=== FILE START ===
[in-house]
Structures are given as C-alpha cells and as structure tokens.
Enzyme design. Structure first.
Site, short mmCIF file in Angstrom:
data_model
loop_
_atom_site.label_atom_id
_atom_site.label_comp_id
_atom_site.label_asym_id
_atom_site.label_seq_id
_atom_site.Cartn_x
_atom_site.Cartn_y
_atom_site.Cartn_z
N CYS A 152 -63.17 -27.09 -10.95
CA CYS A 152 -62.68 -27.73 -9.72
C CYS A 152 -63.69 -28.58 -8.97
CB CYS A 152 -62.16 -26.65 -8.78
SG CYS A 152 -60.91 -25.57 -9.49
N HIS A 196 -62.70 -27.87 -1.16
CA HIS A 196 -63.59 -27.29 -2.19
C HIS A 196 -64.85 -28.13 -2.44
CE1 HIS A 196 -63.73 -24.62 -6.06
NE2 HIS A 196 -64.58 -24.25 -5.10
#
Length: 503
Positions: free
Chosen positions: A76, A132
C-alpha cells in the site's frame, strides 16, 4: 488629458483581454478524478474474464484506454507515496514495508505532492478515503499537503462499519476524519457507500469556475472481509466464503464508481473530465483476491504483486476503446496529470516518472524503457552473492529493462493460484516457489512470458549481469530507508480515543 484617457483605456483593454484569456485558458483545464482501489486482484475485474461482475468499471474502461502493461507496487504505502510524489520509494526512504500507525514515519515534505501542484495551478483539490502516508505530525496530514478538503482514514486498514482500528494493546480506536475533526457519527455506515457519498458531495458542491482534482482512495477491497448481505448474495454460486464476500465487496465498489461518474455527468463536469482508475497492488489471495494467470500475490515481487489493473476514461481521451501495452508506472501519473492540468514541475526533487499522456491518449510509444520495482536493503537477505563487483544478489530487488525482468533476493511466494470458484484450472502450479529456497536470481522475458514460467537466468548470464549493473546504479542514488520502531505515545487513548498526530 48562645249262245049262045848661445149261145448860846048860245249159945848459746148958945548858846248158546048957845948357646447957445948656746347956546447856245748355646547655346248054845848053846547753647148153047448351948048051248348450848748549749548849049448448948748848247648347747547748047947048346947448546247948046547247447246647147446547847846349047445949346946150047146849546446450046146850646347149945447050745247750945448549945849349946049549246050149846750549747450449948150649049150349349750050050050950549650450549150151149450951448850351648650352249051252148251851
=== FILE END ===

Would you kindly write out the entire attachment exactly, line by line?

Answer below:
[in-house]
Structures are given as C-alpha cells and as structure tokens.
Enzyme design. Structure first.
Site, short mmCIF file in Angstrom:
data_model
loop_
_atom_site.label_atom_id
_atom_site.label_comp_id
_atom_site.label_asym_id
_atom_site.label_seq_id
_atom_site.Cartn_x
_atom_site.Cartn_y
_atom_site.Cartn_z
N CYS A 152 -63.17 -27.09 -10.95
CA CYS A 152 -62.68 -27.73 -9.72
C CYS A 152 -63.69 -28.58 -8.97
CB CYS A 152 -62.16 -26.65 -8.78
SG CYS A 152 -60.91 -25.57 -9.49
N HIS A 196 -62.70 -27.87 -1.16
CA HIS A 196 -63.59 -27.29 -2.19
C HIS A 196 -64.85 -28.13 -2.44
CE1 HIS A 196 -63.73 -24.62 -6.06
NE2 HIS A 196 -64.58 -24.25 -5.10
#
Length: 503
Positions: free
Chosen positions: A76, A132
C-alpha cells in the site's frame, strides 16, 4: 488629458483581454478524478474474464484506454507515496514495508505532492478515503499537503462499519476524519457507500469556475472481509466464503464508481473530465483476491504483486476503446496529470516518472524503457552473492529493462493460484516457489512470458549481469530507508480515543 484617457483605456483593454484569456485558458483545464482501489486482484475485474461482475468499471474502461502493461507496487504505502510524489520509494526512504500507525514515519515534505501542484495551478483539490502516508505530525496530514478538503482514514486498514482500528494493546480506536475533526457519527455506515457519498458531495458542491482534482482512495477491497448481505448474495454460486464476500465487496465498489461518474455527468463536469482508475497492488489471495494467470500475490515481487489493473476514461481521451501495452508506472501519473492540468514541475526533487499522456491518449510509444520495482536493503537477505563487483544478489530487488525482468533476493511466494470458484484450472502450479529456497536470481522475458514460467537466468548470464549493473546504479542514488520502531505515545487513548498526530 48562645249262245049262045848661445149261145448860846048860245249159945848459746148958945548858846248158546048957845948357646447957445948656746347956546447856245748355646547655346248054845848053846547753647148153047448351948048051248348450848748549749548849049448448948748848247648347747547748047947048346947448546247948046547247447246647147446547847846349047445949346946150047146849546446450046146850646347149945447050745247750945448549945849349946049549246050149846750549747450449948150649049150349349750050050050950549650450549150151149450951448850351648650352249051252148251851